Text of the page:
As the annual Pride march took place over the weekend, Hong Kong’s anti-LGBT forces spoke out.
The fundamentalist Christian/fundamentally gruesome Truth and Light Society repeated its opposition to legal recognition of transgender people’s adopted gender, now accepted in many (notably Western) countries. And a pro-establishment Liberal Party local politician freaked out over a foreign plot to force gay marriage onto Hong Kong after the British consulate flew a rainbow flag. (The Standard’s layout people wittily-perhaps put the story on a pink background.)
For most of Hong Kong, this is fringe stuff. In the West, the transgender issue has become absurd – see the bathroom-war sagas in the US. Radical activists themselves can’t get their heads around it (the TERF thing), and the whole subject of gender identity could use a serious dose of science. But beneath all the hoo-hah is a reality not a curable ailment. Meanwhile, gay marriage has gone from being unthinkable and outlandish to a big snore in open-minded societies.
The key thing is that in Hong Kong (as elsewhere) a fairly small but loud group of people insist that any expansion of LGBT rights somehow oppresses the straight majority, while an unknown number of more tolerant people disagree or simply don’t care much.
The anti-LGBT movement in Hong Kong clearly has religious roots. Chief Executive Carrie Lam’s panicky I’m-a-Catholic non-commitment over the Gay Games is an example. And it’s no secret that fundamentalist Protestants have had a growing influence in the education sector and civil service over the years (trying to push creationism and gay-conversion therapy, for example). We also know that there is a political overlap (the Devil’s handiwork, indeed) between the fundamentalist Christian and pro-Beijing forces.
As well as activists, the pro-LGBT lobby includes the (otherwise pro-establishment) international business community and (to an extent) the government’s own Equal Opportunities Commission.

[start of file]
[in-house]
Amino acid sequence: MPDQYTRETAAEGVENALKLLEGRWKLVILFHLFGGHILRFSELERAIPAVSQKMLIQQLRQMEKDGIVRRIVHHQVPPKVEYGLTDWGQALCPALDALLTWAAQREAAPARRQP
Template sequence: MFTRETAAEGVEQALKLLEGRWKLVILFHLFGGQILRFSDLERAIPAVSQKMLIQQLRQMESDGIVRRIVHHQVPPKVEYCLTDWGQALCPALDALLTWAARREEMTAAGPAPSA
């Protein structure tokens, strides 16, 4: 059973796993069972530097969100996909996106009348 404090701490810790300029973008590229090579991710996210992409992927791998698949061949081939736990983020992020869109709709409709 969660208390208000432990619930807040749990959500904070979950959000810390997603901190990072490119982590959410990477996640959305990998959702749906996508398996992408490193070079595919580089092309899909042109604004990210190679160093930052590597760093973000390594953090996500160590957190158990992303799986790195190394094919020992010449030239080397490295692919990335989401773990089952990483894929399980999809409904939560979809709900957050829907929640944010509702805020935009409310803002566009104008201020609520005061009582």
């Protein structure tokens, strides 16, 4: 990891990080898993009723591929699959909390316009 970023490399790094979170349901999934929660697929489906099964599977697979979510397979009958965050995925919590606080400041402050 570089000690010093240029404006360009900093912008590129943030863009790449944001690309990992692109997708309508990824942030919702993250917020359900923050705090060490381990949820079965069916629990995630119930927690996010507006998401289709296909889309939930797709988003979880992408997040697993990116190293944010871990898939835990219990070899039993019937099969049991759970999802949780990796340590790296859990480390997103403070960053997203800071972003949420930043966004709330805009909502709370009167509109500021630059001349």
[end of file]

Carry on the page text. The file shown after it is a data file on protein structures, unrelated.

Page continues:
What is relatively new is the involvement of pro-establishment political parties in these debates. Members of the DAB – a Communist Party-front – have jumped on the anti-gay bandwagon. And now the pro-business/cartels Liberal Party has done the same, as they have with transgender recognition.
This doesn’t look like a coincidence. Cynics would also assume that anything these spineless puppets do is guided by the Chinese government’s local Liaison Office. So there are two possible explanations (which are not mutually exclusive).
One is that the Communist Party sees LGBT issues as part of the Western universal-rights threat, incompatible with its superior Leninist quasi-Confucian Chinese-characteristics human cultural zombification-civilization model. But if this were the case, we would expect gay etc communities in the Mainland to be given the full Muslim/lawyers/feminists clampdown treatment – which doesn’t seem to be happening.
The other is that the Liaison Office has identified this as a wedge-issue in Hong Kong. In other words, they believe they can use pro-family/local-values slogans to draw some popular support away from the pro-democrats to the patriotic camp. Such obsessive micro-management sounds right up their street, as does the probable futility of the effort.